Food, dementia and me

Whilst my brain seems to be remarkably good still, other things about my dementia continues to ‘trouble me’.  When I say trouble me, I don’t actually mean they trouble me, I mean they are not quite normal for people in general.

I think food and eating with dementia is a very complex thing, much more so than people realise, especially when you live alone.  The usual questions at the GP or Memory Clinic appointments are:

Q.  Do you cook for yourself okay?      A. yes

Whether or not I finish eating it or not is another matter, or indeed whether I can save some of the excess to keep for another day.

I still don’t get hungry and have to look at the time to see whether I should eat or not.  I could quite happily go all day without food.  On average I would say that half the time I have one cooked meal a day and nothing else, the other half I manage to get a Gluten Free sandwich or snack at lunchtime.  There lies another problem being Gluten Free I don’t always have any bread and everything else is a poor quick snack substitute so I don’t bother. Regulating how much I eat can be tricky sometimes, especially if there is something I really like the taste of because I just want to experience that taste till whatever it is has all been consumed.   For instance I cooked a ham joint and wanted to finish the whole thing because I like the taste, I did manage not to though !    A lot of food has lost its taste for me and things I used to enjoy seem..tasteless and I can’t really be bothered to finish eating something that doesn’t have that – taste appeal.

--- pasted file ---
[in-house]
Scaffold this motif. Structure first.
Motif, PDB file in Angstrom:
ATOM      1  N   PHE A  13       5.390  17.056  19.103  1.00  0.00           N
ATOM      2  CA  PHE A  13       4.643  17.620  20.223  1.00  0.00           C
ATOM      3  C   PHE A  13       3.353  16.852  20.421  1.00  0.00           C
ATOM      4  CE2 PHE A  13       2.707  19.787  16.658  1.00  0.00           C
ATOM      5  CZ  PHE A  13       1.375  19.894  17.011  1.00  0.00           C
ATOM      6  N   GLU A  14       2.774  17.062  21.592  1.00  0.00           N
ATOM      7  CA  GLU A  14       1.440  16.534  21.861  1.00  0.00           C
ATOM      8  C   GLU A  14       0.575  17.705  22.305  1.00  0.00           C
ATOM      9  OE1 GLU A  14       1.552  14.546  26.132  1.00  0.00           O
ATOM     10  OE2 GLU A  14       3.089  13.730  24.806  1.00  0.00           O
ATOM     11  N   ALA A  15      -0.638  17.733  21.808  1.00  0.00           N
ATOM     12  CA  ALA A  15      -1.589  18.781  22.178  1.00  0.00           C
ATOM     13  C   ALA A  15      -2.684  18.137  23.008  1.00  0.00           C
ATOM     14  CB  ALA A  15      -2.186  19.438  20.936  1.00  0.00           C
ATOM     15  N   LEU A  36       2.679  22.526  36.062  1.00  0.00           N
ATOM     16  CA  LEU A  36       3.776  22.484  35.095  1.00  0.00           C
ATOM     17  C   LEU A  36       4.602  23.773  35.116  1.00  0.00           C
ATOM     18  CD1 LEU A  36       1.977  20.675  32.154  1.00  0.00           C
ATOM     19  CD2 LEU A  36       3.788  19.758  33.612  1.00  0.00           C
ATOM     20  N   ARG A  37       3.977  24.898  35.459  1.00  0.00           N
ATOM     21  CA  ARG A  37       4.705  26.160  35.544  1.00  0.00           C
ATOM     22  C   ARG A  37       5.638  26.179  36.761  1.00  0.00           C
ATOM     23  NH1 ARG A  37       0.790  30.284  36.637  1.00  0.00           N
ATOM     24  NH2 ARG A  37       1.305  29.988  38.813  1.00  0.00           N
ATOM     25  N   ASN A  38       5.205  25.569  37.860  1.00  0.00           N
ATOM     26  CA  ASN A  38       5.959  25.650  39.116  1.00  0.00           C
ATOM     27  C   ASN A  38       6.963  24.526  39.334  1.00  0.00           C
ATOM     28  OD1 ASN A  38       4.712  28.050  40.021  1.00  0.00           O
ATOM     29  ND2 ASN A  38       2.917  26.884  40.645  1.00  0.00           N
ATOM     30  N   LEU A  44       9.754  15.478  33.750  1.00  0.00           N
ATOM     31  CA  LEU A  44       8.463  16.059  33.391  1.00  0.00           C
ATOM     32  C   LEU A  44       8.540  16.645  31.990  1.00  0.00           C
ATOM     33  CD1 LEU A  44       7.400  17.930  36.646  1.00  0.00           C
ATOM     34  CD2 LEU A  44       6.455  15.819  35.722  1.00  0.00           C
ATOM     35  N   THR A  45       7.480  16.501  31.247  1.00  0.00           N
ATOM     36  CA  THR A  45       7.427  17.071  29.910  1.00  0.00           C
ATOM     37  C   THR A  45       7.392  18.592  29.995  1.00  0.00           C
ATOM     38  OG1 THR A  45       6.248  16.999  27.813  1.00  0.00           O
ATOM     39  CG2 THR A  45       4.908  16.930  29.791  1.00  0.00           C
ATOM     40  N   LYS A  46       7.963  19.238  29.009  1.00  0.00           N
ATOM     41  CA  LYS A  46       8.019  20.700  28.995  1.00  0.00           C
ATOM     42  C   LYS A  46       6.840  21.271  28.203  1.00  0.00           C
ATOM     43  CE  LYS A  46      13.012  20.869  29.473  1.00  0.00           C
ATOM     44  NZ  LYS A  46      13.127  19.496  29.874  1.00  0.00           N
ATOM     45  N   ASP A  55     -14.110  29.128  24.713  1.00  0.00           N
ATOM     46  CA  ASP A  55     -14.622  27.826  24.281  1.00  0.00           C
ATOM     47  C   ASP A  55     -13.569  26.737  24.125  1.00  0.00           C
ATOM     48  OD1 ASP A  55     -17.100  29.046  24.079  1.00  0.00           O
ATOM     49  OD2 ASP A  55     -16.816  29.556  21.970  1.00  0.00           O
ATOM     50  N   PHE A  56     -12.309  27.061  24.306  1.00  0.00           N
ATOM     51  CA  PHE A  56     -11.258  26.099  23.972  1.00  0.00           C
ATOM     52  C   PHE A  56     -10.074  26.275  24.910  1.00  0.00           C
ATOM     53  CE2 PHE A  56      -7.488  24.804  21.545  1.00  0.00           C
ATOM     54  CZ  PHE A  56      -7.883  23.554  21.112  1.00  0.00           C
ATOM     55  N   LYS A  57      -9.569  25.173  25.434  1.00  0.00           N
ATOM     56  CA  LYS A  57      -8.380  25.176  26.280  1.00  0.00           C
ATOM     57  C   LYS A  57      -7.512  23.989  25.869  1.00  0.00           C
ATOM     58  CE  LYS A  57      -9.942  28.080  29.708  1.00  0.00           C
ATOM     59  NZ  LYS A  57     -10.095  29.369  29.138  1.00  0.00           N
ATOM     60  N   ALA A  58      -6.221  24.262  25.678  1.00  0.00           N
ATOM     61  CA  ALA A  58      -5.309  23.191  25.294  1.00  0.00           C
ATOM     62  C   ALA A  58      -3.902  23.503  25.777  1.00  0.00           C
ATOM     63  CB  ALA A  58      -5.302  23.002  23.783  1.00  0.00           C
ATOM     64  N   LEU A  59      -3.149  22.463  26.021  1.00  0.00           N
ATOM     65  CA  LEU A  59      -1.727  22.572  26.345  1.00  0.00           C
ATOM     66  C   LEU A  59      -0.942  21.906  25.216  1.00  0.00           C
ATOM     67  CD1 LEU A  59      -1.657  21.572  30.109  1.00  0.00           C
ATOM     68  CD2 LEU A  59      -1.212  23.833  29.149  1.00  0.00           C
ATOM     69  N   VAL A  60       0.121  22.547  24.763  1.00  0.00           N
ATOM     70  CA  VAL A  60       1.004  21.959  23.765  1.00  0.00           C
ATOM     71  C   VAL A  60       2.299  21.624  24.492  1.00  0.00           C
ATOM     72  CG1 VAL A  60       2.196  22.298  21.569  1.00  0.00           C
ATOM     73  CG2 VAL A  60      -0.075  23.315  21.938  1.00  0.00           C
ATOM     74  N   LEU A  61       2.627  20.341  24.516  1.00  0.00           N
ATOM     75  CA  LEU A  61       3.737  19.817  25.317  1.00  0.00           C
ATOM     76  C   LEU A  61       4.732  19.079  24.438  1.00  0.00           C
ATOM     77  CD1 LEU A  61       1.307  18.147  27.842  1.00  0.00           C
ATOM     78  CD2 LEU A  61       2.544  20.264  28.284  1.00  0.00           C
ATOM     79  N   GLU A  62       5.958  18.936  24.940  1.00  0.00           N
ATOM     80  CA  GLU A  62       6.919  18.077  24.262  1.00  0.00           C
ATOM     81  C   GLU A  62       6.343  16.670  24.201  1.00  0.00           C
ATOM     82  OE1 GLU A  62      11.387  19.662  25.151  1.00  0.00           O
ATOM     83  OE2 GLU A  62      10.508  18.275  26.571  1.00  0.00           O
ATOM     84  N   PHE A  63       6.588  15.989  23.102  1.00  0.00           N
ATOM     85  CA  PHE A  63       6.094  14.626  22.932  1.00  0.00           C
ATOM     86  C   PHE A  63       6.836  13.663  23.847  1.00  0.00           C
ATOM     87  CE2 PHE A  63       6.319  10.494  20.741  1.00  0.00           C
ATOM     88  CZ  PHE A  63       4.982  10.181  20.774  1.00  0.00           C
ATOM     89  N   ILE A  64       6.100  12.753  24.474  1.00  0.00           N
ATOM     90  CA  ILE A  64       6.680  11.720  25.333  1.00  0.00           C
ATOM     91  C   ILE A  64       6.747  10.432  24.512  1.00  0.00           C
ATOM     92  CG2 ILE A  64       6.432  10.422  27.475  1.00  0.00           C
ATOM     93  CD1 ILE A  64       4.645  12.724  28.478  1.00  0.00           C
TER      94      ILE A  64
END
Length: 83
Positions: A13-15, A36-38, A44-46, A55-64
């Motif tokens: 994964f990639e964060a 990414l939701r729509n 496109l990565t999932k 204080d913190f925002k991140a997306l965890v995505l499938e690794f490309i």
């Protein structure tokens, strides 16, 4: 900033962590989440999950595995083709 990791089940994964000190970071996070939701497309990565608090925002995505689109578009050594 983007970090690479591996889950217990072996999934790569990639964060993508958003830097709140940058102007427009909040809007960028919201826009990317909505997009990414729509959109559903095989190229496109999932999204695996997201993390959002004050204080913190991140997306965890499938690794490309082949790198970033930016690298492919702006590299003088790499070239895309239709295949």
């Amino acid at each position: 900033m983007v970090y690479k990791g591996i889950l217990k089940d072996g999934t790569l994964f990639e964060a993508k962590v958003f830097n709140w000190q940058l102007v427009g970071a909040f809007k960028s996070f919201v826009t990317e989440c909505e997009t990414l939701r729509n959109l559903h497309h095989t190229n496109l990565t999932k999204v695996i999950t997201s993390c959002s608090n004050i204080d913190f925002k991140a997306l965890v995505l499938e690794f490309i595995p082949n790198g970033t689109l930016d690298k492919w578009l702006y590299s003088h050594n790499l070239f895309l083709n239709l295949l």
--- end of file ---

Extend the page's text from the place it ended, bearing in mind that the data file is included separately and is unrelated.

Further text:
Drinking enough fluid can be a problem although I try my hardest to drink a fair amount of water and other drinks, weak coffee or fruit teas, throughout the day.    It is, for me, something that it a conscious effort I have to make.

So when you ask a person in the very early stages of dementia if they have eaten, or are they okay with cooking for themselves fine, understand that the answers are far more complex than the question.

Note:  I am not managing to lose any weight so I am definitely not starving myself!!

 

 

 

 

Author: Gill

I was diagnosed with Early Onset Alzheimer's in Dec 2012 aged 58 after 20+ years of memory and other cognitive difficulties. It was both a relief and a shock getting the diagnosis. But, I am determined to live a happy and productive life with this disease. Enjoy what I can do and push as much as I can physically, mentally and emotionally will always be my mantra :) My plan is to live simply, create a wildlife garden for birds and bees to enjoy when I can no longer garden.

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